Big Data And The Future Of Programming - Or Not
There has been quite a bit of chatter lately about Netflix’s "House of Cards" and how Big Data will be what underpins programming hits of the future.
Just to be clear: I don’t believe that data will be what makes the difference between a smash hit and an abject and expensive failure.
Data certainly has a part to play, but the fundamentals of storytelling, human emotion, timing — by which I mean breaking boundaries to get ahead of the pack— and a certain amount of luck are every bit as important.
The bottom line is that I’m not convinced all the variables and intangibles that have to come together to make a successful series can be boiled down to an algorithm. It’s the combination of insights derived from relevant and reliable data/research along with creativity and craft that make content. It is a blend of science and art, rather like alchemy.
Most telling, it’s never wholly predictable, no matter who your stars, writers and producers are, and no matter when you schedule the program or how much you spend marketing it.
As for the use of data – this is not new.
The means of capturing it may be new and the types of data may be different, but programmers and network marketers have been informing their decisions with data of one sort or another for years.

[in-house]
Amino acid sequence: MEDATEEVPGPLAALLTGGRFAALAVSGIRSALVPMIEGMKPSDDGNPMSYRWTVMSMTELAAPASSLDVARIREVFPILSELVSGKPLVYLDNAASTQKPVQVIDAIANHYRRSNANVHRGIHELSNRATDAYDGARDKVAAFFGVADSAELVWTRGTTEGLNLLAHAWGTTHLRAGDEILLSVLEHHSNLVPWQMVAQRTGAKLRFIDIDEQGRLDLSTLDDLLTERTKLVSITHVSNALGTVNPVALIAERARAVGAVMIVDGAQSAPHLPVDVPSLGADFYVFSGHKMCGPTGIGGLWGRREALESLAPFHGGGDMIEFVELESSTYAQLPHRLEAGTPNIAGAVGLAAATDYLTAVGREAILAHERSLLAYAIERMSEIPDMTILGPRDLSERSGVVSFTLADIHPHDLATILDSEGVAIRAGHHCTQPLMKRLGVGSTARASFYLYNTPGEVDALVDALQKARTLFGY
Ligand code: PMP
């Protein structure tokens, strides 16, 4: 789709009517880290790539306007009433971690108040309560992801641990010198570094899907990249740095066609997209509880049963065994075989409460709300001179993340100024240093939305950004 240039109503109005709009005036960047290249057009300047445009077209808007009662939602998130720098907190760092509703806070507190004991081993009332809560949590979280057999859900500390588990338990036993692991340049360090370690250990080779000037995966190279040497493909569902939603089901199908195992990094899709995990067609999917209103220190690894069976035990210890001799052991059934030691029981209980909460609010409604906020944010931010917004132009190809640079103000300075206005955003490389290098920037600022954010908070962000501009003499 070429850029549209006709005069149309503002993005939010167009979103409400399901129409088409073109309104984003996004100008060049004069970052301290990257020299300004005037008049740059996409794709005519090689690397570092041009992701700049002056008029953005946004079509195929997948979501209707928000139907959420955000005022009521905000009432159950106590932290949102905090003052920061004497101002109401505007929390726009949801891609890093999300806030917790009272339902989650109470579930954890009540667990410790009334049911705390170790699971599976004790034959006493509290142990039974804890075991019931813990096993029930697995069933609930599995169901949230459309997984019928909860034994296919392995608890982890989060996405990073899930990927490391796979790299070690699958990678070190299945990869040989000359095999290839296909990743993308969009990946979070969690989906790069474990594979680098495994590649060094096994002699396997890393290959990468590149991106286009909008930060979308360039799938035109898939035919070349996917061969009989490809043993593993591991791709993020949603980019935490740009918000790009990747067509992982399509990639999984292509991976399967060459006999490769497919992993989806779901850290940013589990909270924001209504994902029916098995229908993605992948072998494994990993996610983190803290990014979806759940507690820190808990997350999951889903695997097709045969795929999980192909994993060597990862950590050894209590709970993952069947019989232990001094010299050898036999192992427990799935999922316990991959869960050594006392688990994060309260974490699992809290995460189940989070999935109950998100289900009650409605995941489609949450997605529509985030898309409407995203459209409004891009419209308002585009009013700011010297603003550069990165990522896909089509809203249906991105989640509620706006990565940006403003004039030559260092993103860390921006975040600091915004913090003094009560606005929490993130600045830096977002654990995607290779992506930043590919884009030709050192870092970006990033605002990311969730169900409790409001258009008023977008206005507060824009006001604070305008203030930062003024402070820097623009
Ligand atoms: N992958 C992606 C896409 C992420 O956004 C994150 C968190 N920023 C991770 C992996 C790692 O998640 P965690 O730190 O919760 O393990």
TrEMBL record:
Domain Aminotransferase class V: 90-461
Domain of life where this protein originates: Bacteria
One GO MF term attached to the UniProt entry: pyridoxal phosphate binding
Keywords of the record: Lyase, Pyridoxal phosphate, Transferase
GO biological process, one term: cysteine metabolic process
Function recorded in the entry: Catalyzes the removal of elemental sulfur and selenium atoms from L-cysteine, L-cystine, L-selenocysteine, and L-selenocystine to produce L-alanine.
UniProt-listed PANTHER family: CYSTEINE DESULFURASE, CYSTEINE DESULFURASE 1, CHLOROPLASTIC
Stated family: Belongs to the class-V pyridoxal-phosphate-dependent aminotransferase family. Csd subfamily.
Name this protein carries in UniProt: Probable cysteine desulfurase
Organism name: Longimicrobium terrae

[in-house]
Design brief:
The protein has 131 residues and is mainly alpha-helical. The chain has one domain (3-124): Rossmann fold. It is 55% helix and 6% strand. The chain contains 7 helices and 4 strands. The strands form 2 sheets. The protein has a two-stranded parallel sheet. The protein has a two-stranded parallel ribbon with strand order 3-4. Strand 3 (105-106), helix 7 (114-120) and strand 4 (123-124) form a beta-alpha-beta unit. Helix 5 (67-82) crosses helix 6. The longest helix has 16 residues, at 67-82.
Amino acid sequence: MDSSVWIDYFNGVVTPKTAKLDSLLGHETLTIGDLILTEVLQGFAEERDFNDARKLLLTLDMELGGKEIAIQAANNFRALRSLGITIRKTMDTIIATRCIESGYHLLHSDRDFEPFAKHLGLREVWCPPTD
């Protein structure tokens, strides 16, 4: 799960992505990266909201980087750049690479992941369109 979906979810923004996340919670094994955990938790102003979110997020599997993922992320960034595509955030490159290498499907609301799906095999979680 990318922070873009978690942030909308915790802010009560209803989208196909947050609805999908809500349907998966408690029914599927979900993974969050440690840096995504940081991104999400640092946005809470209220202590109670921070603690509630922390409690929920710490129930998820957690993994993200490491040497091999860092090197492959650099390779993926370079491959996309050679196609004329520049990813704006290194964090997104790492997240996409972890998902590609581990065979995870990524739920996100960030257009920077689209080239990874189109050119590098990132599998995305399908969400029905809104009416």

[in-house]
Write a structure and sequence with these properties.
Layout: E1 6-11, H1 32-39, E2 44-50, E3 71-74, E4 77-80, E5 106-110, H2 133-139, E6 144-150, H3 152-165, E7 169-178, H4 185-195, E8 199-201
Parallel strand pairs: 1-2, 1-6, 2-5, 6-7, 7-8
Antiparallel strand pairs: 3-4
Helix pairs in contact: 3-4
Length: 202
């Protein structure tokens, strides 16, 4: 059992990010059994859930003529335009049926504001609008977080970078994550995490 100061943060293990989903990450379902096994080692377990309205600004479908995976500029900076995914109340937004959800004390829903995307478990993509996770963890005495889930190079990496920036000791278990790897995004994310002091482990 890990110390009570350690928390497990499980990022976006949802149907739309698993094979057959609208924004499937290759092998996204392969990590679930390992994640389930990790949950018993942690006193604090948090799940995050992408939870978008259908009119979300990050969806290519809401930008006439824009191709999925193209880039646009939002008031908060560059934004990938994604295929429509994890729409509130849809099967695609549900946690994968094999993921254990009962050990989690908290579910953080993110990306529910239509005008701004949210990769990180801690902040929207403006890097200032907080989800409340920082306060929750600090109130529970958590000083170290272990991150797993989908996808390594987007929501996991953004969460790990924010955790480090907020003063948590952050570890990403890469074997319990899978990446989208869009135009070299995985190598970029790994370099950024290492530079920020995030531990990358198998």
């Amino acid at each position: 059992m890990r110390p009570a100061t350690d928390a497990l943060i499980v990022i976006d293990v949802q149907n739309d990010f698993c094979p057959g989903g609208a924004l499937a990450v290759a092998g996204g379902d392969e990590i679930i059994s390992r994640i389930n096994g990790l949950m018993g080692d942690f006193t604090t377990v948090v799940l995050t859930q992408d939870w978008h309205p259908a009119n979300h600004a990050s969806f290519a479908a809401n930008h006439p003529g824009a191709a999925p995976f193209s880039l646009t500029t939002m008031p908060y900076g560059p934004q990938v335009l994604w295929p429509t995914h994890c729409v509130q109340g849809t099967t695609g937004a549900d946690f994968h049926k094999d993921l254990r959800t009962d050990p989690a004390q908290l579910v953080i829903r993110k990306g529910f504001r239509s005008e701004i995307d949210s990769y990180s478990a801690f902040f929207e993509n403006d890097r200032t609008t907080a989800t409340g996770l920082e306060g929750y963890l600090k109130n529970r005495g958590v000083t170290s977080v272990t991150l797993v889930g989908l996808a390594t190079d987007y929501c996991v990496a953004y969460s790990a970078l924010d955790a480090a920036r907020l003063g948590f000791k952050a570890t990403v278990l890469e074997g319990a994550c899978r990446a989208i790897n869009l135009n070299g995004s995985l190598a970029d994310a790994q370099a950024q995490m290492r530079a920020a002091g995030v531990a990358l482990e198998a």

From basic ratings data to custom research to the analysis of interaction and response-based data, much has already been folded into the decision-making process.
For example, around 15 years ago, I was consulting to one of the largest independent program producers in the world. During the project, I learned that the company knew so much about how different program formats performed on different networks in individual countries, they could accurately predict the volume of calls and text messages generated by time slot.
Accordingly, they could predict the share of call revenues that would be divided between themselves, the broadcaster and the carrier and decided whether to give the program for free in exchange for the broadcaster’s share of the call revenues — thereby maximizing returns.
If that’s not a smart use of data, I don’t know what is.
That is an illustration of the use of data to leverage formats that are proven to work – not to pre-determine success.
As an example of a show Big Data algorithms would likely never have brought to our screens: "Walking Dead." No stars, no big name producers and no major network with a massive opening marketing push. While its genesis may have been considered a well-performing show for AMC, it’s now grown intoasuccess any major network would love — big audiences and lots of buzz.
It’s what networks want and it’s what agencies and advertisers want. But it’s not exactly predictable.
Personally, I hope we never see a scenario where Big Data becomes dominant in decision-making in regard to new programs. (And I say that as a professional who uses research and data to understand viewers' relationship with media.) If it does, we’ll likely see fewer innovative and challenging programs. Fewer comedies that go beyond the cosy and forgettable.
I’ve no doubt that Netflix, Amazon and the like will be producing more original programming going forward, and that’s a good thing. But success won’t be determined by data alone. Companies will probably end up drawing more on smart people with programming skills gained in the more established world of programming than they will on some new kind of executive.